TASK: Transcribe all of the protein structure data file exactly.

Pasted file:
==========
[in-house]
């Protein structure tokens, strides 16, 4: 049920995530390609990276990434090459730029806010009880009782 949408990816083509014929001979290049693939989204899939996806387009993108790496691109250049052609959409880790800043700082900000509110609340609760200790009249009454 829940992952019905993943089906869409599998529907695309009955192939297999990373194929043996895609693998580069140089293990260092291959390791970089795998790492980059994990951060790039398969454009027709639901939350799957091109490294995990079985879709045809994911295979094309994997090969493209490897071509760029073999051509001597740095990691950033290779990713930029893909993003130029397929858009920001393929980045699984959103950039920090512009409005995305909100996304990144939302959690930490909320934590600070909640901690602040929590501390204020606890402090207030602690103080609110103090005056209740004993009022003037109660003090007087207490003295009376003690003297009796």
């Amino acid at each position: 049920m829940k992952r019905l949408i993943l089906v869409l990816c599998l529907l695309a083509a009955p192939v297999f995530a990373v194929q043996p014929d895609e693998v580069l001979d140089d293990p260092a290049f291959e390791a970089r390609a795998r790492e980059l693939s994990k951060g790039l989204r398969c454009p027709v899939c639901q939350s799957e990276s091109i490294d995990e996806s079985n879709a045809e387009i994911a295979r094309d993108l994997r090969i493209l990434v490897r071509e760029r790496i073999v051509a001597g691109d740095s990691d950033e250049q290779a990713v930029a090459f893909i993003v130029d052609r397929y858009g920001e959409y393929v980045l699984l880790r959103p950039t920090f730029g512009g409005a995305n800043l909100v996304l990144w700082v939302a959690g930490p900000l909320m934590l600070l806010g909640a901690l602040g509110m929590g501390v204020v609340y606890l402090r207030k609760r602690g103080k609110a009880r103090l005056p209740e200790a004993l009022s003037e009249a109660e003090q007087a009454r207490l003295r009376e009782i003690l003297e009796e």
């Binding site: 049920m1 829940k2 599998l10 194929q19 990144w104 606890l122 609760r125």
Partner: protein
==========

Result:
[in-house]
């Protein structure tokens, strides 16, 4: 049920995530390609990276990434090459730029806010009880009782 949408990816083509014929001979290049693939989204899939996806387009993108790496691109250049052609959409880790800043700082900000509110609340609760200790009249009454 829940992952019905993943089906869409599998529907695309009955192939297999990373194929043996895609693998580069140089293990260092291959390791970089795998790492980059994990951060790039398969454009027709639901939350799957091109490294995990079985879709045809994911295979094309994997090969493209490897071509760029073999051509001597740095990691950033290779990713930029893909993003130029397929858009920001393929980045699984959103950039920090512009409005995305909100996304990144939302959690930490909320934590600070909640901690602040929590501390204020606890402090207030602690103080609110103090005056209740004993009022003037109660003090007087207490003295009376003690003297009796």
């Amino acid at each position: 049920m829940k992952r019905l949408i993943l089906v869409l990816c599998l529907l695309a083509a009955p192939v297999f995530a990373v194929q043996p014929d895609e693998v580069l001979d140089d293990p260092a290049f291959e390791a970089r390609a795998r790492e980059l693939s994990k951060g790039l989204r398969c454009p027709v899939c639901q939350s799957e990276s091109i490294d995990e996806s079985n879709a045809e387009i994911a295979r094309d993108l994997r090969i493209l990434v490897r071509e760029r790496i073999v051509a001597g691109d740095s990691d950033e250049q290779a990713v930029a090459f893909i993003v130029d052609r397929y858009g920001e959409y393929v980045l699984l880790r959103p950039t920090f730029g512009g409005a995305n800043l909100v996304l990144w700082v939302a959690g930490p900000l909320m934590l600070l806010g909640a901690l602040g509110m929590g501390v204020v609340y606890l402090r207030k609760r602690g103080k609110a009880r103090l005056p209740e200790a004993l009022s003037e009249a109660e003090q007087a009454r207490l003295r009376e009782i003690l003297e009796e």
């Binding site: 049920m1 829940k2 599998l10 194929q19 990144w104 606890l122 609760r125």
Partner: protein